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2016 was questionable, so here are 20 wines to pair with 2017

I ended a past blog post - themed: a review of 2015 - with the words "Welcome, 2016. I will cut you." Though I feel like I did personally make some substantial dents in this crunchy titanium can of a year, the general consensus seems to be that we created a blueprint for goodness, but then said blueprint was stolen, lit on fire, and then puréed with an unwashed beige-coloured towel embroidered with the words "~fUcK yOu~", styled in Comic Sans MS. I won't fill this post with hopes for 2017 so that I don't build myself a bigger bowl of disappointment, but instead will list wines that remind me of an upwards trend of hope, a vague connection to the vapid consolation of Pantone's Color of...

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Gamay Noir: the Sansa Stark of Wine Grapes

(The night is dark and full of small spoilers. Tread carefully past the picture for the wines!) I mention Beaujolais to people - in the same way that I might bring up Sansa Stark in a Game of Thrones discussion - and I watch as faces crinkle before I make my case for the dark horses. Gamay is a red grape that hails from the Beaujolais region in France (and Sansa hails from Winterfell, but you knew that), and it's fashionable to dislike Beaujolais. The ditzy Beaujolais Nouveau variations of the 1970s and 1980s - all laden with pear drops, banana, and bubble gum flavours from carbonic maceration - once represented half of all Beaujolais sold. It's since dropped to around a third, but I...

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Josh Likes Paris

I've unapologetically become my parents when it comes to travelling, which primarily means that I like to arrive at airports hours and hours before I realistically need to. Combine that with what Erin and I decided to drink the night prior, which was all of Cava, fresh hop beer, and bourbon. Why?! But the morning turned out fine, and we had shitty mimosas and beer at the airport to satisfy the unending ghosts of the night prior. The short layover in Montreal slowly eased us into our French-speaking modes, followed by a decent 7-hour flight to Paris. I sheepishly told the flight attendant that I would like the chicken option for dinner, which really just means I muttered "poulet". I don't remember what in-flight movie I...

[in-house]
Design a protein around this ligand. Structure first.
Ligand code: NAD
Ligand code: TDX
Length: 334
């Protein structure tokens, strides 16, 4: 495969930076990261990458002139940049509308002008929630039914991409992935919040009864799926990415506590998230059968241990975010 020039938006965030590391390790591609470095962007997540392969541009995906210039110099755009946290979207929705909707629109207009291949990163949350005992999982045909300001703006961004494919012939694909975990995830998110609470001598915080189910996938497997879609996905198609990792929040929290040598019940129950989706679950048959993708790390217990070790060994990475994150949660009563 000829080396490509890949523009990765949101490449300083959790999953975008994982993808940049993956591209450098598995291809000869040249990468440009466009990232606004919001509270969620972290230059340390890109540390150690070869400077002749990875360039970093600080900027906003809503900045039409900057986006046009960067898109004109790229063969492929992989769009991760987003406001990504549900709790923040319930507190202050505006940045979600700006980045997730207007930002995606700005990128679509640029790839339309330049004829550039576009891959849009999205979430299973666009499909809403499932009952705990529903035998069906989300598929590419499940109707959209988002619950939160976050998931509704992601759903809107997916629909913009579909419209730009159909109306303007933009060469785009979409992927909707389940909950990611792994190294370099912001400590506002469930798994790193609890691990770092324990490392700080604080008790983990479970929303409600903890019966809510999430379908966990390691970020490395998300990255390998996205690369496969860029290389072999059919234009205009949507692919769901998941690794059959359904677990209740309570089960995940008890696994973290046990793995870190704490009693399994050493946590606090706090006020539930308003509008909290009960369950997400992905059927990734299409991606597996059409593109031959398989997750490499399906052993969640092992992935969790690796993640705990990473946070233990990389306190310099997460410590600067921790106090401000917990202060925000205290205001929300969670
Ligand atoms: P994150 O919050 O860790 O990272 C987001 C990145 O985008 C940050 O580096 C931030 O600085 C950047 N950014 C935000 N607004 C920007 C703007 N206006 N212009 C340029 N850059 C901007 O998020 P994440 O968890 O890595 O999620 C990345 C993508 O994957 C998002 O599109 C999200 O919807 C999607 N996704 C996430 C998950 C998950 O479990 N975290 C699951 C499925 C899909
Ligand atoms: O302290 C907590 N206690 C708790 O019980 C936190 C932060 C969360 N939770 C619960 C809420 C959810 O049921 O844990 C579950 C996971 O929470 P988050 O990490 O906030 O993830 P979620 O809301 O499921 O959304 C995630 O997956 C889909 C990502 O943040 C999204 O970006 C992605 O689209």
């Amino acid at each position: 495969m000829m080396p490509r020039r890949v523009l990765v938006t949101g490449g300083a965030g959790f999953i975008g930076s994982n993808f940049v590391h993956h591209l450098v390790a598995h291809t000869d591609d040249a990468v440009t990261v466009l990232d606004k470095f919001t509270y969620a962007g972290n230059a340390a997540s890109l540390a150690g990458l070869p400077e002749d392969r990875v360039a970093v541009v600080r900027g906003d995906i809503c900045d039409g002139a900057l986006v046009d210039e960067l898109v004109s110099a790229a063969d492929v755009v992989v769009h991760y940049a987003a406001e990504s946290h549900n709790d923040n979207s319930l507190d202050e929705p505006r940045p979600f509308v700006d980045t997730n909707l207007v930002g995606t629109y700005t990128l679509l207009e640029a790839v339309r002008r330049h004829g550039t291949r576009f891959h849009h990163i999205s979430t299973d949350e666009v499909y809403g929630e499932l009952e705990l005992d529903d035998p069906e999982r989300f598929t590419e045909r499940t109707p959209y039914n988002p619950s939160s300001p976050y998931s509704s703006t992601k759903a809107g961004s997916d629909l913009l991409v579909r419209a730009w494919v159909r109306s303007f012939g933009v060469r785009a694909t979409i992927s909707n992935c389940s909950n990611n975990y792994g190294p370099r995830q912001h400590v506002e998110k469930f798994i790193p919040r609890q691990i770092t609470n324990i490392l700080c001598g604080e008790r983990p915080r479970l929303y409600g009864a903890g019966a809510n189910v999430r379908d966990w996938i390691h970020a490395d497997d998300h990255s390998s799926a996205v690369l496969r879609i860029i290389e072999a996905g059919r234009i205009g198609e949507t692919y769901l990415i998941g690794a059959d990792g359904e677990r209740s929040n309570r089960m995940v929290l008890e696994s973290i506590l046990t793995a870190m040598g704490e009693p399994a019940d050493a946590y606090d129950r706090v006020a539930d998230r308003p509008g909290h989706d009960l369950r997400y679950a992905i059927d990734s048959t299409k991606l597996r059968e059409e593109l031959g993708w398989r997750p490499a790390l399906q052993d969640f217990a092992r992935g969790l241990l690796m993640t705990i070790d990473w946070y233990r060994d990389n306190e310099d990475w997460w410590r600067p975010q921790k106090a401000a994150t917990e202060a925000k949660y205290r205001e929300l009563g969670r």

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Josh tastes 118 wines at Top Drop

If there was one unforgettable takeaway uttered by a wine god during this year's Wine Bloggers Conference, it was the keynote speaker Karen MacNeil (author of the Wine Bible) who opined - and I'm paraphrasing, here - that people should pay more attention to tasting the wines during such events. Of course, I was thrilled, because that gave me even more validation to ignore people. Ha! Key advice when the militant goal is to taste every wine during a well-curated tasting, but it's harder than it sounds because I guess I like to wave and flail at people. A regretful ode to the few tables I did not get to visit: Anthonij Rupert, Badia a Coltibuono, Elio Altare, Giusti, Latta, Montenidoli, Orofino, Scribe, Spottswoode Estate,...

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JOSH IS ALONE IN NEW YORK CITY: Day 2

Before the Wine Bloggers Conference in a couple of days, I thought it would be a great idea to change it up from the previous night and hang out in New York City by myself for a bit - and perhaps I would meet up with the rest of my Vancouver crew for dinner if I didn't end up crying by a NYC alley in the fetal position (TRICK QUESTION: Manhattan doesn't have alleys). Just a few days ago I signed up for this thing called the Free Tours By Foot: it's essentially a themed tour in a listed city where you pay however much you think the tour is worth at the end. I'm sure there's some sort of reverse psychology witchcraft that goes on where you guilt yourself into...

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“Hot & Bothered” – Oh Land: Jean Foillard 2011 “Côte du Py” Morgon

It's strange for it to be introduced in class as our benchmark example of Beaujolais, with this eccentric combination of raspberry lambic beer, garden soil, a mouthful of red fruit, and a hint of spice and dirty socks. I've heard this described as a wine that would get hipsters in New York hot and heavy. I'm not sure if that's a positive thing but I'm into it....

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2014 Vancouver International Wine Festival – Wine Tour de France Seminar

This year's wine fest kicked off with me doing the blind tasting challenge on the Wednesday - the rest of my day consisted of lunch with colleagues, errands involving heavy lifting, and then seeing the new Lego movie. I didn't get as much sleep as I wanted, which is an obvious call for trouble: the next day started off with a France-themed tasting at 9:30AM; the big, busy, and irritating trade tasting at 2:30PM; and an exciting Bourgogne-themed tasting at 5PM. A day full of constant mouth stimuli. Since this was one of the trade tastings (opposed to a consumer one), there were lots of familiar faces. But I shamelessly admit that any human interaction is personally difficult and gruelling before...

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